8. Your songs have appeared on several TV shows such as One Tree Hill, Dawson's Creek or House MD. Did you like the way they used your music? Are you a fan of those shows?
I don't watch much television because I've very busy with my work. But I'm grateful for the television and film placements that I get because they offer a context to viewers and new listeners. I'm not really making easy listening pop music and I'm aware of that. So I welcome the added dimension television and film offer. It's a beautiful thing, I love the relationship between a story, cinema and music; it might be the most immersive trinity of the arts. As far as how the songs are used, of the placements that I've seen, some have been better than others. But I'm so grateful for the placements, they're a big part of my continued ability to reach people and grow my career. So I've concluded that it's not for me to judge the context by which people experience things.
9. Are you working on any new projects right now?
I have new record coming out on February 16th called Dear Lover. It's available world-wide via iTunes and most digital stores. The CD will be distributed world-wide via the independent coalition. I'm also working on another Strays Don't Sleep record with my good friend Neilson Hubbard. And I've also been collaborating with a couple DJs from Europe that have been doing some trance versions of my songs. Which is very exciting. To me it's like folk music on steroids. DJ Preach and I in particular have formed a very strong friendship and creative team.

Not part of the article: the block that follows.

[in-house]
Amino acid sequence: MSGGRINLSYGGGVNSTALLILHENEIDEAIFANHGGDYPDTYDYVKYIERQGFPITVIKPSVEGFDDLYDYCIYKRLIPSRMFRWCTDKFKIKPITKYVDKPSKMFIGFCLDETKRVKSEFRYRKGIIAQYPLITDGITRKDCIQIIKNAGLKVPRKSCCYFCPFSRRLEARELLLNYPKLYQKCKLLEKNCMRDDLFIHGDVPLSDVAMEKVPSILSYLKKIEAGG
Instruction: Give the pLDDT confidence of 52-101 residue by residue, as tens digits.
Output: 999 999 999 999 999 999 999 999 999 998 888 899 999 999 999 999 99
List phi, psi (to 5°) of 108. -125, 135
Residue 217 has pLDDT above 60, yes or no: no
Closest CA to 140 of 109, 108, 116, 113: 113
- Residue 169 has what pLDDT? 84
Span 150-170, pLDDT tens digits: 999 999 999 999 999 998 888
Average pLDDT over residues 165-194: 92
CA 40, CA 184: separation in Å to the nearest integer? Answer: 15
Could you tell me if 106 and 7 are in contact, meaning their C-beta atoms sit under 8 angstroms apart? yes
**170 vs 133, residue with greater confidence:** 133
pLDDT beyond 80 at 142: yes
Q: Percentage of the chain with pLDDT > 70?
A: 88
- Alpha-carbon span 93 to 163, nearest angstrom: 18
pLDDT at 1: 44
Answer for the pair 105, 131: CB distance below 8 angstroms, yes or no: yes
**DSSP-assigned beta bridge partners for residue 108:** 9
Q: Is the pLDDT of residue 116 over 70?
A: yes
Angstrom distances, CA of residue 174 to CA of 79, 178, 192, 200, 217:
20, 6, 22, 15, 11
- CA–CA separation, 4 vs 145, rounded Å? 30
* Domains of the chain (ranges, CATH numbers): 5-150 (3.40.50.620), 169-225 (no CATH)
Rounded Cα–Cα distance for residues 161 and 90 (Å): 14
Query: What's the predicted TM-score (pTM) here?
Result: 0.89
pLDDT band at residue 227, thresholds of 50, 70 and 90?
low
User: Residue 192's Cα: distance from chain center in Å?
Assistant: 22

10. This interview will be read mostly by Czech students of English. Is there something that you would like to tell them?
Well, first of all, if you've read this far, I'd like to say Thank You. It honestly is an honor for me to be able to communicate with you. I'd also want to tell you that anything is possible. I know that sounds like a slogan. But I assure you that as you go forward, you only get one future, so build the world you wish to see.
Matthew, thank you for letting us get to know you a bit better. Thanks for sharing your thoughts and your music with us. Good luck with your new record and everything else you do.
Matthew Ryan on helpforenglish.cz:
American Dirt - píseň + cvičení na doplňování chybějících slov do textu, český překlad